Dopp v. Franklin National Bank, supra, 461 F.2d at 879 (Kaufman, J.).
Judge Owen determined that the motion raised no issues of fact requiring a hearing because none of the charges of privacy invasion contained in appellees' affidavits was denied in appellants' papers. 434 F. Supp. at 948. We must disagree. Our examination of the briefs and affidavits*fn8 reveals several areas which deserve probing beyond the information contained in the vague, conclusory affidavits before the district court.
In finding no issues of fact, Judge Owen focused on appellants' failure to make an express denial of the "specific"*fn9 charges made in the four affidavits.*fn10 These vague allegations against unnamed officers at unspecified dates*fn11 and times are impossible to verify, let alone deny, and the union appellants so asserted. Affidavit of Carl F. Gray sworn to on June 7, 1977, JA at 71a. It is hornbook law that a statement to the effect that one has insufficient knowledge "to form a belief as to the truth of an averment" is treated as a denial. Fed. R. Civ. P. 8(b); 5 C. Wright & A. Miller, Federal Practice and Procedure § 1262 (1969). The district court was in error, therefore, in concluding that none of these charges was denied in appellants' affidavits and in accepting the truth of appellees' general allegations.*fn12
Judge Owen's decision to dispense with an evidentiary hearing was further based on appellants' failure to submit affidavits challenging the truth of two allegations against named correction officers (the particularized allegations).*fn13 434 F. Supp. at 948. Undoubtedly, it would have been wise to submit affidavits from the named officers denying these two assertions. This omission, however, did not warrant the conclusion that no issues of fact remained. First, the truth of one of these two allegations was suspect on its face, thereby alerting the reader of the need to test the affiant's veracity.*fn14 Second, appellants countered appellees' complaint that the assignment of male guards caused appellees' involuntary exposure and concomitant abridgement of privacy rights by asserting that appellees have the means to avoid these alleged deprivations.*fn15 Accordingly, they argued, any exposure and resulting humiliation was of appellees' own doing. Affidavit of Margery Evans Reifler sworn to on June 8, 1977, JA at 46a-48a; State Appellants' Memorandum of Law in Opposition to Plaintiffs' Motion, JA at 62a. Although we express no views on the merits of appellants' argument, it certainly presents issues of fact and credibility which contradict appellees' particularized and general allegations.*fn16 The assertion that the inmates could control who observed them, and when, rebuts the contention implicitly made in all of appellees' affidavits, and explicitly stated in their complaint, that exposure of their nude bodies was "forced" and "without their consent ".*fn17 JA at 5a, 9a. Thus, even if the basic facts were conceded, SEC v. Frank, supra, 388 F.2d at 490, the inferences to be drawn from them are in dispute. Consequently an evidentiary hearing should have been provided if practicable. Id. And this is hardly a case where an evidentiary hearing would have been impracticable due to the magnitude of the inquiry. SEC v. Frank, supra, 388 F.2d at 490-91; SEC v. Petrofunds, Inc., supra, 414 F. Supp. at 1196 n.7. Nor would the taking of evidence have served little purpose. Herbert Rosenthal Jewelry Corp. v. Grossbardt, 428 F.2d 551, 554 (2d Cir. 1970); Redac Project 6426, Inc. v. Allstate Insurance Co., 402 F.2d 789, 790-91 (2d Cir. 1968); SEC v. Frank, supra, 388 F.2d at 490. There is no apparent reason for having denied appellees an opportunity to present and cross-examine witnesses. The facts are simple and the time consumed in an evidentiary hearing would be minimal. Resolution of the factual questions, most of which present credibility issues, with the benefit of cross-examination and the opportunity to observe the witnesses' demeanor on the stand, is essential.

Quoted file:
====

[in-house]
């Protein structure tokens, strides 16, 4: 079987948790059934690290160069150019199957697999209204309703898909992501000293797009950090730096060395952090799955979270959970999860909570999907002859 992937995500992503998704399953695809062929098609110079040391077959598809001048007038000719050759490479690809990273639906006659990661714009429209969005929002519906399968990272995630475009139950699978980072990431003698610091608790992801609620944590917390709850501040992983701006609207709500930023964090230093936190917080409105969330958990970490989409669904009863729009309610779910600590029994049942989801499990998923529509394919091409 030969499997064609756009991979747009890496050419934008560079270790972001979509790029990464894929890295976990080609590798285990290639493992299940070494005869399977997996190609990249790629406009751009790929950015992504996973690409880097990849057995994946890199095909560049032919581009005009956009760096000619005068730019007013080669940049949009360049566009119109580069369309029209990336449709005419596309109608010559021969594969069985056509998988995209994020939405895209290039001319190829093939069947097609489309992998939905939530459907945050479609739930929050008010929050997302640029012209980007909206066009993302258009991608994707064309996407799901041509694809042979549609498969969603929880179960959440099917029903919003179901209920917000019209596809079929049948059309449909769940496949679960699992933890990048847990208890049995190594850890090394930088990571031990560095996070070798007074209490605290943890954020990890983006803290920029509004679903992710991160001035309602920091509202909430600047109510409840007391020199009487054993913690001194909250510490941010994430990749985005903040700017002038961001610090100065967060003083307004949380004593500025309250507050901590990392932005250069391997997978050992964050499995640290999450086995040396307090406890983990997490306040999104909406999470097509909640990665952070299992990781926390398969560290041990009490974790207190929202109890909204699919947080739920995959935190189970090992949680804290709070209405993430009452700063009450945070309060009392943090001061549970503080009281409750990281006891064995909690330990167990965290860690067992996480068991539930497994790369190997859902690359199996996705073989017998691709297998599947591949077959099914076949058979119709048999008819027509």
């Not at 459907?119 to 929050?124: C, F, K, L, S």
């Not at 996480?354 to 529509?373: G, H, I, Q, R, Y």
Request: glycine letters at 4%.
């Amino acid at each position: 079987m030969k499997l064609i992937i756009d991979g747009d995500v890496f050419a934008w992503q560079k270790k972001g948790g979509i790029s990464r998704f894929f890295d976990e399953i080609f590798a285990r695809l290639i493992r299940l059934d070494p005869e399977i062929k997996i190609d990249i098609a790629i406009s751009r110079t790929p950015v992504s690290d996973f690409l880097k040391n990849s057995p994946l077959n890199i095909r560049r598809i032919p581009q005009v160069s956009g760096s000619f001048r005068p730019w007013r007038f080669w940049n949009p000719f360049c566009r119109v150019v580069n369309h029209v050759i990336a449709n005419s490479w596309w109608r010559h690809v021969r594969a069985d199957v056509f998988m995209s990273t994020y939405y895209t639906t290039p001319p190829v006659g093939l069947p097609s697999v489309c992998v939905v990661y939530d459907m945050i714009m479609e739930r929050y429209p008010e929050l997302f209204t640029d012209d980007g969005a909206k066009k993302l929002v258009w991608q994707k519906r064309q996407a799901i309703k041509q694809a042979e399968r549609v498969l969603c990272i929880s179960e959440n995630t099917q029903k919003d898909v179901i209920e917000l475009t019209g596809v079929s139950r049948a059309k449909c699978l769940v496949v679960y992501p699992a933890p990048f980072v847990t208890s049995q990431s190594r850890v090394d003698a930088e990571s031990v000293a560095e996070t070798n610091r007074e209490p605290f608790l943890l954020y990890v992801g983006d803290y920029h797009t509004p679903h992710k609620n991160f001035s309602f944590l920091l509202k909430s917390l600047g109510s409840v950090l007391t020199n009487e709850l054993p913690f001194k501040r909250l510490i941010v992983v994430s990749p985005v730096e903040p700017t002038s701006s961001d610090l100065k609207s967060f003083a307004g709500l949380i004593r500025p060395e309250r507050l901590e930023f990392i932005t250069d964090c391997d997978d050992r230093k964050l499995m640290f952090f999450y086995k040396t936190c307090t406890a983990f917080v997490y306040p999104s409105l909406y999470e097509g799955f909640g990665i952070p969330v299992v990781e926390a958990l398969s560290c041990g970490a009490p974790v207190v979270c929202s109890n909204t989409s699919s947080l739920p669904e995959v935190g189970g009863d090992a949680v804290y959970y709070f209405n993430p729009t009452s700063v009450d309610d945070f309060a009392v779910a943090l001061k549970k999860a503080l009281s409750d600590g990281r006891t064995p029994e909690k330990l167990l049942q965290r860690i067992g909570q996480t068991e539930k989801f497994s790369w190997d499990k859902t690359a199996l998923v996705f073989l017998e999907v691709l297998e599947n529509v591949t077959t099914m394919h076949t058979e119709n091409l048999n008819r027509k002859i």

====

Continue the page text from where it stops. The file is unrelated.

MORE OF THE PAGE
Because of the important interests of the parties in both preventing privacy invasions and retaining work assignments, the district judge should conduct an evidentiary hearing on the preliminary injunction motion as soon as convenient, but no later than December 15, 1977.*fn18 We suggest that the district judge consider consolidating the trial on ...